As soon, however, as I perceived that he was at work, I sought Mr. Kelly and, to my surprise, found that he had never authorized Mr. Larguey to encourage my expectation of an easy arrangement but that he [peremptorily] refused to enter into any agreement.

It does not take long to quarry 45 yards, and this proves that I lost no time in stopping the work, where I found that they expected to build it and claim their own price afterwards—It became then my duty to seek some other contractor; Seeing no hope to agree with them.

there, I cannot but express my surprise [sic] at their persistency in asserting that here is such a bid in their proposal—if they thought so then; why not inform me of their desire to refer the matter to your Board; and why let me look for a contractor, which they were fully apprised I was doing?

The Board will see in Farrow's contact, that he is bound to pay Kelly & Co. for the Rock and lime furnished by them; this provision would be sufficient it seems to refute the annexed charges—but it is not a little singular that they have actually been paid literally for the rock quarried, deducted from Mr. Farrow's estimate.— If Mr. Larguey does not attend to what he is told or Mr. Kelly neglects to inquire into the items of his estimates, how can they assert what they have been paid, or not been paid for? —Mr. Dupry's statement hereto appended shows that they were paid for the rock and Mr. Farrow's corroborates it.

The lime, it seems, is not yet paid for: but it is an account with Mr. Farrow, which they know, and agreed to.

You will see also by Mr. Duprey's statement that they were allowed for the excavation!

As to the Quarries, the statement that several were worked by Geo. A. Farrow is incorrect; only one, which gave out immediately, was worked; and, then, I directed Mr. Farrow to work the other, which he was reluctant to do because Mr. Larguey objected saying he had a wall to build for which he wanted it.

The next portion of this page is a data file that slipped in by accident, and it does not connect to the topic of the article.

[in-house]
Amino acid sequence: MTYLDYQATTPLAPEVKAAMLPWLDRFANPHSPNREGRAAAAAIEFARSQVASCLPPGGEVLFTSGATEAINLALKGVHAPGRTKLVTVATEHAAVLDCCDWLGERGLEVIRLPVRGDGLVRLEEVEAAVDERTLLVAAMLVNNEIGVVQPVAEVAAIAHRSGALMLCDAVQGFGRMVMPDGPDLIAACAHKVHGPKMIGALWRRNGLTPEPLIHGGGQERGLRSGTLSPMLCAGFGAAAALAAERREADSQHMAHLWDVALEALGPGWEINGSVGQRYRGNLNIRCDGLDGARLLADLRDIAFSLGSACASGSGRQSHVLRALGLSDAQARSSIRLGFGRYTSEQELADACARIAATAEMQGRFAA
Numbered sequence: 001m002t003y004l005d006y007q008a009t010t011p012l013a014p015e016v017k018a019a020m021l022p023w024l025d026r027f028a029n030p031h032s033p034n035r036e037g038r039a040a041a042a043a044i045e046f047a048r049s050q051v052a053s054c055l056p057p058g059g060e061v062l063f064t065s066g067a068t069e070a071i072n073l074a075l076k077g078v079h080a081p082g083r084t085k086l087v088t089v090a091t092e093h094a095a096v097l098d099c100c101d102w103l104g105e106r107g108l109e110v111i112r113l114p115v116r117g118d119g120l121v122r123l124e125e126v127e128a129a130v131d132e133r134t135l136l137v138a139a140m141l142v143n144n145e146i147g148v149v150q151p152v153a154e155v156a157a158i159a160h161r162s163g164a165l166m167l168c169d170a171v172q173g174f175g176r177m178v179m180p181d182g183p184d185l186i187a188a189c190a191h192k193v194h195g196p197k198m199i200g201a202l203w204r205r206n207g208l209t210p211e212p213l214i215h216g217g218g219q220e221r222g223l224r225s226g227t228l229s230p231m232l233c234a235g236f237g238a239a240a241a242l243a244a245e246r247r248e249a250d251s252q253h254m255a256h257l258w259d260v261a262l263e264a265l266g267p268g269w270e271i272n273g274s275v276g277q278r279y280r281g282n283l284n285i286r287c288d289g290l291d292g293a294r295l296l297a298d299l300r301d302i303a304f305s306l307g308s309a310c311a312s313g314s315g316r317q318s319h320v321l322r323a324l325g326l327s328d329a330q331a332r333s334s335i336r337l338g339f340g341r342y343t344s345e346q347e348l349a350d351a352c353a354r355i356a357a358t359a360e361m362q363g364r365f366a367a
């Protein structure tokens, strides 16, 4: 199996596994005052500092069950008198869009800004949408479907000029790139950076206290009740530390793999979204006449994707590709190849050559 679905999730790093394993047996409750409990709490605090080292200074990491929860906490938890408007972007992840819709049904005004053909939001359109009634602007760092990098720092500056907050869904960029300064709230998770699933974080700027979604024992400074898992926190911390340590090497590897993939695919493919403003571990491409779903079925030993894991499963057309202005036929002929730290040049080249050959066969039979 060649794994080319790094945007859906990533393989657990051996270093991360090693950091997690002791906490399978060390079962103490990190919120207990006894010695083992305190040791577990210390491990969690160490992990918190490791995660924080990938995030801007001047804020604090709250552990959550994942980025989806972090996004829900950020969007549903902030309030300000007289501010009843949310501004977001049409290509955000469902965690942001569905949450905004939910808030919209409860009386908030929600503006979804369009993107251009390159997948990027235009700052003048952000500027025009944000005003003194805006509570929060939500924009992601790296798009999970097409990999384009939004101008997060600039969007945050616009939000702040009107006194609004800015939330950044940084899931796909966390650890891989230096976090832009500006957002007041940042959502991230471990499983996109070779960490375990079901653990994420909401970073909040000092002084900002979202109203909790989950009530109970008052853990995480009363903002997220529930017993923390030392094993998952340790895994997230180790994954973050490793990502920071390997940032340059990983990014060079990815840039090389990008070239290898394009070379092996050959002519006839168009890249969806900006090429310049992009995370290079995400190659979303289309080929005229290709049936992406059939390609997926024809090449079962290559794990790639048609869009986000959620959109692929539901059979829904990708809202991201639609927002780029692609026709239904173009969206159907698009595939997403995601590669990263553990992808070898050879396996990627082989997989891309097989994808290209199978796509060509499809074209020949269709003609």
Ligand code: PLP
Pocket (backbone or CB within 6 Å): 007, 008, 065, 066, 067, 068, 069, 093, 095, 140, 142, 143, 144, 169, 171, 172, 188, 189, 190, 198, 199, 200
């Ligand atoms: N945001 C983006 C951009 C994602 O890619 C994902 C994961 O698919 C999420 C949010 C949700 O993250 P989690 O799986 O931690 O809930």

It appearing that the wall would not be wanted, I insisted; when Mr. Larguey told me, he would want the quarry for the Portal; and that since he had found and opened it, it was but just he should retain it. — This being the case, and the quarry having remained in status quo, upon what ground could he expect remuneration for what he retained for his own benefit, or for looking for quarrying which he must necessarily do for the Portal?—he has formed it and kept it from Mr. Farrow; his right to use it untouched.

All this corroborated by Mr. Duprey 6th statement

I hope I have established, that there was no contract for this kind of work and tha I was bound to make one with somebody else, since John Kelly declined doing so.

If it is admitted, as appears evident to one, that there was not contract; the claim set up is inadmissible; and it is even questionable whether any claim whatever, by strict rule would exist; for, by the 101st. article of the specifications no extra—compensation will be made unless authorized by an instrument in writing: and it was the business of John Larguey not to do any work, quarrying or excavation in this case, without such an instrument, since I repeatedly asked him to execute an agreement—I believe, they never read the specifications thoroughly; but this does not impair their power as part of the contract.

The 110th paragraph traces out the course of conduct, when the Engineer himself as a doubt as to the application of a rule— But here he had now and acted accordingly.

I have the honor to be
Your most obed.
C. Crozet
Engr. B. R. R. R.

About this Document

  • Source: Letter from Claudius Crozet to the President and Directors of Public Works, November 15, 1850
  • Author: Claudius Crozet
  • Extent: 4 pages
  • Citation: Archives, The Library of Virginia, Richmond, VA, Virginia Board of Public Works, Entry 125 "Blue Ridge Railroad", RG 57, Box 215, Last Folder
  • Date: November 15, 1850